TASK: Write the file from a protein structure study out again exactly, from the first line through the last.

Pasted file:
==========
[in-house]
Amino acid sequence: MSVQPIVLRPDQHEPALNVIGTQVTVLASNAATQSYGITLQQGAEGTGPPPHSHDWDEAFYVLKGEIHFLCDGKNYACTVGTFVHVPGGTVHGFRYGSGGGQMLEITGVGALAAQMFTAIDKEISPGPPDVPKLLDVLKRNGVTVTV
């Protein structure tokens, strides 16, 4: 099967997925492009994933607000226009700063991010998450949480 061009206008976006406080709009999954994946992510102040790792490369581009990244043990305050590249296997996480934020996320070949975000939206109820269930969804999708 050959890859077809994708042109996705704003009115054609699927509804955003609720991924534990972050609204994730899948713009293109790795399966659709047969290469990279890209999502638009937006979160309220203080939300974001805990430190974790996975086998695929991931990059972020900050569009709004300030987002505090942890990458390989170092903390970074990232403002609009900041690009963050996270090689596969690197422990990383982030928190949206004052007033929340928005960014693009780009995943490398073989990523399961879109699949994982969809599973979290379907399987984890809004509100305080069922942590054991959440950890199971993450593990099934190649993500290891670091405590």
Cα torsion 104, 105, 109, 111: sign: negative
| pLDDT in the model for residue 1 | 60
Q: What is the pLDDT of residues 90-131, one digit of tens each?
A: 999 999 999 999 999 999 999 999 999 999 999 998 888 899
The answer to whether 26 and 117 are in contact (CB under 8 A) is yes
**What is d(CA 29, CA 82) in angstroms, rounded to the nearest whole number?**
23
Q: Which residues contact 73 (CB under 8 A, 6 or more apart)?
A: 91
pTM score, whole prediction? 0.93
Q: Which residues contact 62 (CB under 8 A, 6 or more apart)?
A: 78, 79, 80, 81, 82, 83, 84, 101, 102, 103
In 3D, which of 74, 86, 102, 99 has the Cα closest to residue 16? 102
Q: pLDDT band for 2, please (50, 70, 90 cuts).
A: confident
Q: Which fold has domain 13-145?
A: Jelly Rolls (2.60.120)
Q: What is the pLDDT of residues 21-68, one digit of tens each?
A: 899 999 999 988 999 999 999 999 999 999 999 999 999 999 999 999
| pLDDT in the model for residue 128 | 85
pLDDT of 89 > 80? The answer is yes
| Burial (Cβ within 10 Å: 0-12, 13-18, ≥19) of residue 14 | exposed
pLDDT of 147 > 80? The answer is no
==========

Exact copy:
[in-house]
Amino acid sequence: MSVQPIVLRPDQHEPALNVIGTQVTVLASNAATQSYGITLQQGAEGTGPPPHSHDWDEAFYVLKGEIHFLCDGKNYACTVGTFVHVPGGTVHGFRYGSGGGQMLEITGVGALAAQMFTAIDKEISPGPPDVPKLLDVLKRNGVTVTV
């Protein structure tokens, strides 16, 4: 099967997925492009994933607000226009700063991010998450949480 061009206008976006406080709009999954994946992510102040790792490369581009990244043990305050590249296997996480934020996320070949975000939206109820269930969804999708 050959890859077809994708042109996705704003009115054609699927509804955003609720991924534990972050609204994730899948713009293109790795399966659709047969290469990279890209999502638009937006979160309220203080939300974001805990430190974790996975086998695929991931990059972020900050569009709004300030987002505090942890990458390989170092903390970074990232403002609009900041690009963050996270090689596969690197422990990383982030928190949206004052007033929340928005960014693009780009995943490398073989990523399961879109699949994982969809599973979290379907399987984890809004509100305080069922942590054991959440950890199971993450593990099934190649993500290891670091405590």
Cα torsion 104, 105, 109, 111: sign: negative
| pLDDT in the model for residue 1 | 60
Q: What is the pLDDT of residues 90-131, one digit of tens each?
A: 999 999 999 999 999 999 999 999 999 999 999 998 888 899
The answer to whether 26 and 117 are in contact (CB under 8 A) is yes
**What is d(CA 29, CA 82) in angstroms, rounded to the nearest whole number?**
23
Q: Which residues contact 73 (CB under 8 A, 6 or more apart)?
A: 91
pTM score, whole prediction? 0.93
Q: Which residues contact 62 (CB under 8 A, 6 or more apart)?
A: 78, 79, 80, 81, 82, 83, 84, 101, 102, 103
In 3D, which of 74, 86, 102, 99 has the Cα closest to residue 16? 102
Q: pLDDT band for 2, please (50, 70, 90 cuts).
A: confident
Q: Which fold has domain 13-145?
A: Jelly Rolls (2.60.120)
Q: What is the pLDDT of residues 21-68, one digit of tens each?
A: 899 999 999 988 999 999 999 999 999 999 999 999 999 999 999 999
| pLDDT in the model for residue 128 | 85
pLDDT of 89 > 80? The answer is yes
| Burial (Cβ within 10 Å: 0-12, 13-18, ≥19) of residue 14 | exposed
pLDDT of 147 > 80? The answer is no